British lawmakers have finished voting in the Conservative Party challenge of Prime Minister Theresa May's leadership.

Three black metal boxes were taken to a room for counting after Conservative lawmakers spent two hours voting on Wednesday.

The more than 300 paper ballots they cast are being counted by hand. The tally is expected to be announced later tonight.

May needs a majority vote to hold onto her position as prime minister and Conservative Party leader. If she is defeated, she will have to resign although she will remain as a caretaker prime minister until a new Conservative leader is chosen.


6:10 p.m.

A British government minister says Prime Minister Theresa May has told restive lawmakers she will step down as the Conservative Party's leader before the next national election, due in 2022.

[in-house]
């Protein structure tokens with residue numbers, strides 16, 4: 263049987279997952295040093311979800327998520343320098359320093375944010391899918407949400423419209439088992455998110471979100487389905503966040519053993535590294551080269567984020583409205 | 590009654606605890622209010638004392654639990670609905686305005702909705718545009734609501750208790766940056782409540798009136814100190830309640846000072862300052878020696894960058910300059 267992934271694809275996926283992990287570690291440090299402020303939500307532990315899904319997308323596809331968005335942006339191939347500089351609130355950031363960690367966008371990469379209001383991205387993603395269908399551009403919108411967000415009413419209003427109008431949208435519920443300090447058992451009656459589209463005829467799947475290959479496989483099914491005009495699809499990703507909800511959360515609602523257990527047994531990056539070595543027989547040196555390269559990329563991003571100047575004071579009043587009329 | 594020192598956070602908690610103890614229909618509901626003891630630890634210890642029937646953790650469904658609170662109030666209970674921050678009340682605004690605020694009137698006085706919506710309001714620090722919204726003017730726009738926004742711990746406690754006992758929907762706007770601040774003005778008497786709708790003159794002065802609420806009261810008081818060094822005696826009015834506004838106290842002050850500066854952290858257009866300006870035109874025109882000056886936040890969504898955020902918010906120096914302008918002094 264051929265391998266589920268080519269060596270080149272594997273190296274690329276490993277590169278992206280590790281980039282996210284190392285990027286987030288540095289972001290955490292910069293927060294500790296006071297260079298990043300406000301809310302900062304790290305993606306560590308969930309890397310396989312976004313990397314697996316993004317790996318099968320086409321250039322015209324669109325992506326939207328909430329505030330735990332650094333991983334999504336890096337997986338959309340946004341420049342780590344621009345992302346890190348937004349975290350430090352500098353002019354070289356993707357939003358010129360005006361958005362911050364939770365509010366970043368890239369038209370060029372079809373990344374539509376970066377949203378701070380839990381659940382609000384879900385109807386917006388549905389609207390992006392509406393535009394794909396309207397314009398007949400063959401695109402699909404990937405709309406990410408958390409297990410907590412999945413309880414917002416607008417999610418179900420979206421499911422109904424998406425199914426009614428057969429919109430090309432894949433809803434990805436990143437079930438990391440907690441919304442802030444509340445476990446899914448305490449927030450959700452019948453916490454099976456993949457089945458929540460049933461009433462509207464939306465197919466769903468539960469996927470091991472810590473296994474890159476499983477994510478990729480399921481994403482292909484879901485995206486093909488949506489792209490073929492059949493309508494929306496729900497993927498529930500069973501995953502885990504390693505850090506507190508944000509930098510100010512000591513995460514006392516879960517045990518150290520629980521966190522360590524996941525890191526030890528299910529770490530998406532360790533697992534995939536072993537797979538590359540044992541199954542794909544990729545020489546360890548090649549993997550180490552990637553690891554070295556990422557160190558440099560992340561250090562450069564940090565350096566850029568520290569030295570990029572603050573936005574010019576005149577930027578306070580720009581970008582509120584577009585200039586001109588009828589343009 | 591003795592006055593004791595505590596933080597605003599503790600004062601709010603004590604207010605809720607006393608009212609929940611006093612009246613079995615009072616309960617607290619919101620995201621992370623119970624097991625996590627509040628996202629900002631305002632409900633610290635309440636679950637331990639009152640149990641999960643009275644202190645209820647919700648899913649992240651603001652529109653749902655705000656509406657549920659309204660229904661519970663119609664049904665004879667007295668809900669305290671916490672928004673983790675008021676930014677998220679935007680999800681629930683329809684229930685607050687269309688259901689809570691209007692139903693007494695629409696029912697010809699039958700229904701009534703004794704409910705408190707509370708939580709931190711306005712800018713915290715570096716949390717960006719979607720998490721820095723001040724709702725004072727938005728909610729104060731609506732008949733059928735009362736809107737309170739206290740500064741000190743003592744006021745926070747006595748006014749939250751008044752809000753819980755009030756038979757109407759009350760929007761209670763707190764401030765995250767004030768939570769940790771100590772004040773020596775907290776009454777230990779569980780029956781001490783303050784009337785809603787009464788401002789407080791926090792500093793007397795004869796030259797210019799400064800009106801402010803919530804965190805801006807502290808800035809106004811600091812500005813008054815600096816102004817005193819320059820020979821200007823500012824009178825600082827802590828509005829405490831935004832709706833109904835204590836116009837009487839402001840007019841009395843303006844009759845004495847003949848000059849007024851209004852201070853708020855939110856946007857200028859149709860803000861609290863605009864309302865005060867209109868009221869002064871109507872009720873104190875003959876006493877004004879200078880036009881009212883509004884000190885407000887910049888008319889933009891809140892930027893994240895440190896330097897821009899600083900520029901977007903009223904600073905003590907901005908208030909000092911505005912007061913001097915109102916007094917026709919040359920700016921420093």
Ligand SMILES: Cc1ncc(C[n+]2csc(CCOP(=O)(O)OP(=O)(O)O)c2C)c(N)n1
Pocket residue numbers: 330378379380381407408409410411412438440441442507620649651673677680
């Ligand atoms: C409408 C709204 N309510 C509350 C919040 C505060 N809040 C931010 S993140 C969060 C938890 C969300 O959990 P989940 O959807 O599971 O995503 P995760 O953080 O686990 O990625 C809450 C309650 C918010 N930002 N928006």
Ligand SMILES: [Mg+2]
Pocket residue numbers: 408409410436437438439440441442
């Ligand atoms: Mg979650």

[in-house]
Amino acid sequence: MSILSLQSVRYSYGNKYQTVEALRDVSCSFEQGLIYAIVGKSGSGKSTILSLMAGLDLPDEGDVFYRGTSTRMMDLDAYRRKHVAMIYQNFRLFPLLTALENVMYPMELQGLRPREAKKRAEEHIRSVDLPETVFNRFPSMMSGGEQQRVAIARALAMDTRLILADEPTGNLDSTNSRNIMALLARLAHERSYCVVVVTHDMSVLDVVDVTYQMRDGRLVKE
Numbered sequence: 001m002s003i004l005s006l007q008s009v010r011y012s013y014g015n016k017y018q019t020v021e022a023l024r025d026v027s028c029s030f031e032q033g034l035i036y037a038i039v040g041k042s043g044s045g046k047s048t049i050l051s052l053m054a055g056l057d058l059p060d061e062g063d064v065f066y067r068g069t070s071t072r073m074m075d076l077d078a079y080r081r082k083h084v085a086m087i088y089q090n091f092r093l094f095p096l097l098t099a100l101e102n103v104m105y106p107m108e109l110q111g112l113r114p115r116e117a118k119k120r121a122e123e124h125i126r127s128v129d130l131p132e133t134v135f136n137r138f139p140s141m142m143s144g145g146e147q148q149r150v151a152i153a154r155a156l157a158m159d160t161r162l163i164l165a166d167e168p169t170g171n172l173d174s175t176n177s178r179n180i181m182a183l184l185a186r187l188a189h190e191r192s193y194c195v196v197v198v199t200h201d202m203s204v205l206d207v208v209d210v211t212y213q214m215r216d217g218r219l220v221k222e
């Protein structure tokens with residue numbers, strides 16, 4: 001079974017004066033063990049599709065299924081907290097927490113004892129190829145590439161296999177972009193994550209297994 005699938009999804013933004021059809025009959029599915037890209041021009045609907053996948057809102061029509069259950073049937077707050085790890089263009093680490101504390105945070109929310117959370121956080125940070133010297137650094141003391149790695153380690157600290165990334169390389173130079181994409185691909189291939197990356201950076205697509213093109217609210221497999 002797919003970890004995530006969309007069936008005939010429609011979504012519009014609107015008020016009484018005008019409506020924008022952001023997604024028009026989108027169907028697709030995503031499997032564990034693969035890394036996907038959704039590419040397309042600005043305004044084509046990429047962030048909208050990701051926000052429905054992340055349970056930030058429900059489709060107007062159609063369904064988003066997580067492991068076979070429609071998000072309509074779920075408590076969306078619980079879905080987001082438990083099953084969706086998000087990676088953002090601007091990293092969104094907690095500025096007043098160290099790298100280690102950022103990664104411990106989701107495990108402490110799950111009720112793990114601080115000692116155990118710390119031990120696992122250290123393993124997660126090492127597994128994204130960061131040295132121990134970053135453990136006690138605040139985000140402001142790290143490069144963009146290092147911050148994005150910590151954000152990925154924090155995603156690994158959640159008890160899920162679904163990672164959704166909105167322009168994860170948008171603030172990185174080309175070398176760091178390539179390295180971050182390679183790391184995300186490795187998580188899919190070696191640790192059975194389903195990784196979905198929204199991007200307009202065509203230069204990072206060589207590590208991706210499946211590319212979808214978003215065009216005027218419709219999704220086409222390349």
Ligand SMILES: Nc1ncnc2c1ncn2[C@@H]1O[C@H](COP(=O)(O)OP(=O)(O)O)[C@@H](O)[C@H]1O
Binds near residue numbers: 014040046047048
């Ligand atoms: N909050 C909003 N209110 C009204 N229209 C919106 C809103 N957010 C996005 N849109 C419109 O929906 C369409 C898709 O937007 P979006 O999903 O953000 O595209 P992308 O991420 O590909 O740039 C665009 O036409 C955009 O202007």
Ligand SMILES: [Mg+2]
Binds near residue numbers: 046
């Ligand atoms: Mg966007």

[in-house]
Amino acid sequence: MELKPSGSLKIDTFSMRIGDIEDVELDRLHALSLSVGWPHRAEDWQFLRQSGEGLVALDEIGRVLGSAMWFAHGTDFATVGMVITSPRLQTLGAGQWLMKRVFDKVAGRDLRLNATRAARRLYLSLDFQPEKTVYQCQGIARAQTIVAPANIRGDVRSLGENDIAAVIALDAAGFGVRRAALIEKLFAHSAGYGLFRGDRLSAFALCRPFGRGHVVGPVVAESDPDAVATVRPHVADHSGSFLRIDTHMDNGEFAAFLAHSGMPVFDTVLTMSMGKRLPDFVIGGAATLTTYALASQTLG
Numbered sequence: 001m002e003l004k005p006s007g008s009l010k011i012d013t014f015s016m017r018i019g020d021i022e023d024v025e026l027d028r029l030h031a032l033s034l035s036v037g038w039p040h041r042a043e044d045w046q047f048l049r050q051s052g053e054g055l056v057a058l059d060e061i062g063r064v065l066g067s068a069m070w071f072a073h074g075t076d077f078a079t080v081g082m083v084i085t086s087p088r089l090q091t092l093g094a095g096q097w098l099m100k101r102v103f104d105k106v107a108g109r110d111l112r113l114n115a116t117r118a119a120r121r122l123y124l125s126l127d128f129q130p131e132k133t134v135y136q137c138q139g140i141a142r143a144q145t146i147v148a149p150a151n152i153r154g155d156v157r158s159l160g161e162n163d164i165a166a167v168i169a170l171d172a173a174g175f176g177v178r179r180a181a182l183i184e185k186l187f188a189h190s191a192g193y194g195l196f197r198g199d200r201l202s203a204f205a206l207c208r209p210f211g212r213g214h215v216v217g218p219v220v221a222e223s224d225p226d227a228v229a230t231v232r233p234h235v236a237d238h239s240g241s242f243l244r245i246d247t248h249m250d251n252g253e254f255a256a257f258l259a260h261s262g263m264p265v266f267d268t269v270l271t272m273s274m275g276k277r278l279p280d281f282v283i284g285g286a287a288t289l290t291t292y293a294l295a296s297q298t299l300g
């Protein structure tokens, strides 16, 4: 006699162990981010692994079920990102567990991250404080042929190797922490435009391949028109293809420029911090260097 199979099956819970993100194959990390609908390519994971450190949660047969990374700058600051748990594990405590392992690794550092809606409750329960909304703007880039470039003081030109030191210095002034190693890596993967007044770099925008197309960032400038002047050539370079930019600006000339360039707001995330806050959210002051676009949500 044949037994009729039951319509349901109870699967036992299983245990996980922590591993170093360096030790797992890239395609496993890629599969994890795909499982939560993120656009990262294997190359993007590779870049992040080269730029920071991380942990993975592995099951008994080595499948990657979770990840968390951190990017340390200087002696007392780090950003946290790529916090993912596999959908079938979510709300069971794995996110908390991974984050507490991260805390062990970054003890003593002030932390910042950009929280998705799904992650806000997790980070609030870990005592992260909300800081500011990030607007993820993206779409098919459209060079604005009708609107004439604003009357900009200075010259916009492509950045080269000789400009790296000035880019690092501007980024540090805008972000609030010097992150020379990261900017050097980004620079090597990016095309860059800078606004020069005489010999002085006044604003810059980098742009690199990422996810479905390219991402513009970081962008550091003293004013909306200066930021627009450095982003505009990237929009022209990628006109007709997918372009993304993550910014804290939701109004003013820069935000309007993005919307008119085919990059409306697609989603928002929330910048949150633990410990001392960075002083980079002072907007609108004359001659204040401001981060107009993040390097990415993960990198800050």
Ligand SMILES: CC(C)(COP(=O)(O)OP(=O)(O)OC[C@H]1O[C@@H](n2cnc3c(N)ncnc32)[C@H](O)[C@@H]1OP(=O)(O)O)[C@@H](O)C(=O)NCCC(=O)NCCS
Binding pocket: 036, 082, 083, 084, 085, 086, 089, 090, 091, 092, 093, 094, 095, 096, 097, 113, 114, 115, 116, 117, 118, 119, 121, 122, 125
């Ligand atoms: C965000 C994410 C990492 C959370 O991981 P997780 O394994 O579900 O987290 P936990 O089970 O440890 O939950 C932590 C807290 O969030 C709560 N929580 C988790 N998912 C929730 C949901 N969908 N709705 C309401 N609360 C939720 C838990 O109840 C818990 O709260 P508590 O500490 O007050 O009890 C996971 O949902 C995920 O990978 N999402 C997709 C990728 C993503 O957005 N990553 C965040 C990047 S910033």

May addressed party backbenchers in private ahead of a no-confidence vote on her leadership taking place Wednesday evening.

Solicitor General Robert Buckland says May told them, "In my heart I would like to lead the party into the next election."

Buckland called the statement "the introductory phrase to her indication that she would accept the fact that that would not happen, that is not her intention."

A promise to make way for a new Conservative leader would be a way to win over wavering lawmakers ahead of the vote that could end her leadership.

May has not said what she will do if, as many expect, Britain's Brexit crisis triggers an early election.


5:35 p.m.

Prime Minister Theresa May is speaking to dozens of Conservative lawmakers, less than half an hour before a no-confidence vote among them that will decide her fate.